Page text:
hi to all problem: a truck with a total weight of 5000kN and with 4 wheels will be placed on 4 glass cups each under one wheel. if each tire has a internal air pressure of 2MPa. what will be the load on each cup? and if the truck was standing on the road with out the cups under wheels what will be the load on the road.
if the tires were solid then i can exactly say that the load per tire transfering down to road is 5000/4 = 1250 kN but the tires are like pneumatic pillows. so some of the load should be carried by the tire surface.
the load effecting to road should be the surface of the interface between the tire and road * tire internal pressure.
So if we, say, let out half the tire air (and, therefore, reduced pressure by half), the load on the road would reduce by half? AM
no because if we let the half of air out. then the touching surface area to the road of the tire will increase and the load will remain the same.
The pressure inside the tires is balanced by the forces holding the tire to the wheel. It contributes no net force to the road. AM
got it so if i have a truck of total weight is a N on 4 tires with a tire pressure of p Pa then the surface area touching the road per tire should be [tex] N/(4*p) [/tex] so there force to the road will be pressure times the surface area so N again.
ok lets change the subject. i got a basketball it stands still on the road. then i come and start pressing on the ball with my one foot. the ball will be deformed from the point that i press. and also the area of the ball touching the road will be deformed and increase. i think that because of the volume decrease in the ball the pressure will increase and then this pressure will transfer my weight to the road with it's increased area touching the road. so there reaction force from the road will increase. true?
You are making it too complicated. The tire pressure does not affect the load on the road. At best, it changes the distribution of the load so changing air pressure may change the pressure on the road somewhat. But that is all. The pressure in the tires has no bearing on the total force on the road. AM
:) ok. last one. what will happen if i increase the load (add more things to truck) there must be a limit for that if i put more weight and suppose that the tire surface is strong enough. the air will go upwards and the truck will touch the bottom. but if i put more pressure on it will lift the truck again. so there must be a connection, hmm dunno may be alittle mixed up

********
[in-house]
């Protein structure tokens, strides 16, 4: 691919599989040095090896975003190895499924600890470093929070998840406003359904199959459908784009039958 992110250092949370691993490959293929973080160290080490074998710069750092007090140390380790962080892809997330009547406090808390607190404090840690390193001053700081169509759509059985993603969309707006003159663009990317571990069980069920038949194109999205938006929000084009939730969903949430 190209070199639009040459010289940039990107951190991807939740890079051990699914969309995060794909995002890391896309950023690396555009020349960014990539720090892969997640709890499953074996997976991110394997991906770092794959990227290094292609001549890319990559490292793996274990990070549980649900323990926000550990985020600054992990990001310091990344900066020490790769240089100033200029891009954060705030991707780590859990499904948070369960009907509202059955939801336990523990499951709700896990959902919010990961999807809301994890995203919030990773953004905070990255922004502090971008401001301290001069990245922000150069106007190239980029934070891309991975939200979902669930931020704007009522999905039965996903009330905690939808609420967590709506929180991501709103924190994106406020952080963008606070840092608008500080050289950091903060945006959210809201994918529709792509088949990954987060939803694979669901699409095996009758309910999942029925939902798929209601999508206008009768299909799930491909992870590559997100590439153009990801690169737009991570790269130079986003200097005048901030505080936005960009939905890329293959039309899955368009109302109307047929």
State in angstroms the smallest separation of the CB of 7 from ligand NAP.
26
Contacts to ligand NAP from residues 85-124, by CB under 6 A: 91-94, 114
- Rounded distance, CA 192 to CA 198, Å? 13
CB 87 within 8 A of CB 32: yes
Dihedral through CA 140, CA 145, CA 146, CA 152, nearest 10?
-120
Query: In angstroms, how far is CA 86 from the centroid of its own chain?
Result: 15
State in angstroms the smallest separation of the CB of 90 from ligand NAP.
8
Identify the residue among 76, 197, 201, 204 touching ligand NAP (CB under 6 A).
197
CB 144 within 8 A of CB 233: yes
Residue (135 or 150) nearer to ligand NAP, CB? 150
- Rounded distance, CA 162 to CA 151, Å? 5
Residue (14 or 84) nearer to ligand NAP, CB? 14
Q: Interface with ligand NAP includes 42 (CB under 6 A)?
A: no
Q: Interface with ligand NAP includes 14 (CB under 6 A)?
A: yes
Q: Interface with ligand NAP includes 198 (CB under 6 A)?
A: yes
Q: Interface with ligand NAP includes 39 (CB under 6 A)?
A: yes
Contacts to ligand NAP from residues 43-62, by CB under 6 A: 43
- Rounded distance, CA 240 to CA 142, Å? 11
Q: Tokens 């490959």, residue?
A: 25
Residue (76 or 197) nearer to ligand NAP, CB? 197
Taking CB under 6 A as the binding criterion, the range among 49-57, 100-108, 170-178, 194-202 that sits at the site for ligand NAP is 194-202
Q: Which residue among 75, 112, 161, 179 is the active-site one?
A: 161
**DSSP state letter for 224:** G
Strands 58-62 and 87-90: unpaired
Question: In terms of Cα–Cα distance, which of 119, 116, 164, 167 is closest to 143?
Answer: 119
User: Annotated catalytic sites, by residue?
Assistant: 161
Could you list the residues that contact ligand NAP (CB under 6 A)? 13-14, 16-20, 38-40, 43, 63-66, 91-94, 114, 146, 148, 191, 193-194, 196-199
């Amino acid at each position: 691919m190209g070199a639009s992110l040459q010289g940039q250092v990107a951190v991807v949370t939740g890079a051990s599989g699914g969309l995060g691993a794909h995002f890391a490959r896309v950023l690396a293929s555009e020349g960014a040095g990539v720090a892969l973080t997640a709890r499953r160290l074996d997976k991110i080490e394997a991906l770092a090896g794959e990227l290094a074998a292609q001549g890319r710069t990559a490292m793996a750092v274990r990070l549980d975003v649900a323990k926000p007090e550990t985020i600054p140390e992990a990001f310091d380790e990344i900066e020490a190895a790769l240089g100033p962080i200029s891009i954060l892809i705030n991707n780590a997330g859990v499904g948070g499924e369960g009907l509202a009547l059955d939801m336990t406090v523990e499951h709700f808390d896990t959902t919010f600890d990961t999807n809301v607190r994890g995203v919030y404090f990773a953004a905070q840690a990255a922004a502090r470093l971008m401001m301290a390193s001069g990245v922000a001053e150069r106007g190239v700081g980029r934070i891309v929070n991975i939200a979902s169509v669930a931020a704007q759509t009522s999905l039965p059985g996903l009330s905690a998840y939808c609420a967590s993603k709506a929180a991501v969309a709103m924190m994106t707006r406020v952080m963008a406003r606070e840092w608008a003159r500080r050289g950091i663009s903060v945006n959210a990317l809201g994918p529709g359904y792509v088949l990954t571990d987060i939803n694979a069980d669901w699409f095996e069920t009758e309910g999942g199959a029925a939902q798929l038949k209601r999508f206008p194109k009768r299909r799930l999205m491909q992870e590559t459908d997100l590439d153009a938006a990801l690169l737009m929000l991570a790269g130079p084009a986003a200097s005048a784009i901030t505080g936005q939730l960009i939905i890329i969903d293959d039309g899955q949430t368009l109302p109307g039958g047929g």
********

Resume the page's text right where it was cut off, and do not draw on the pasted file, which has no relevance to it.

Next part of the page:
If you have a deflated tire and pump it up, the truck will rise as the air pressure builds up inside the tire. The air in the tire does work as it expands. This work raises, slightly, the centre of mass of the truck and increases its gravitational potential energy. But (when the truck stops moving up) the force exerted on the road is exactly the same as it was with the deflated tire. Draw a diagram showing the forces on the truck and on each wheel. Since the truck is not accelerating in the vertical direction, the vertical forces sum to 0. Those forces are the weight of the truck (down) and the normal force of the road on the tires (up). The air in the tire is exerting a force in both directions but is balanced by the mechanical forces holding the tire onto the truck. It would be exactly the same if the truck was sitting on four vertical springs. AM
so can we clearly say that the weight of truck is transfered to pressured tire by [tex] surface area 1*pressure [/tex] and it transfers the same load to the road by [tex] surface area 2*pressure[/tex] surface area 1 : area of the rigid part touching to the tire surface area 2 : area of the tire touching to road
The pressure in the tire does not determine the pressure on the road or the force on the road. A flat tire with 0 air pressure will still exert a force and pressure on the road. The pressure on the road x area of contact with the road would give you the force on the road, provided the pressure was evenly distributed (which it probably is not). But that is not the same as the tire pressure. Don't get hung up on how the weight is mechanically borne by the tire because there are too many variables that affect it. The issue is not pressure. The issue is force. The weight on each tire is 1/4 of the weight of the vehicle regardless of how much pressure is in the tires. AM
I kept myself busy with calculation of tire-pressure and made spreadsheets for it. The formula the tire-manufacturers use , has a power in it but the next article about another way of calculating , I concluded of, that a part of the load is bare by the construction of the tire. This is for smal tires with low pressure about 20% of the max load,so about 60 kg still, and for large truck tires with high pressure only 2%, but still about 120kg. http://cid-a526e0eee092e6dc.office.live.com/self.aspx/.Public/tirepressureatreducedloads.pdf I myself concluded that at a sertain supression of the side wall of the tire, the construction of the tire bares a sertain weight , and this gives a sertain calculatable surface on the ground. The rest of the load is bare by the simple pressure in kgf/sqcm * calculated surface. Not the issue now but , for every speed there is a sertain supression of the tire-side-wall permissable, and so a sertain surface on the ground. Mayby you can do something with my information.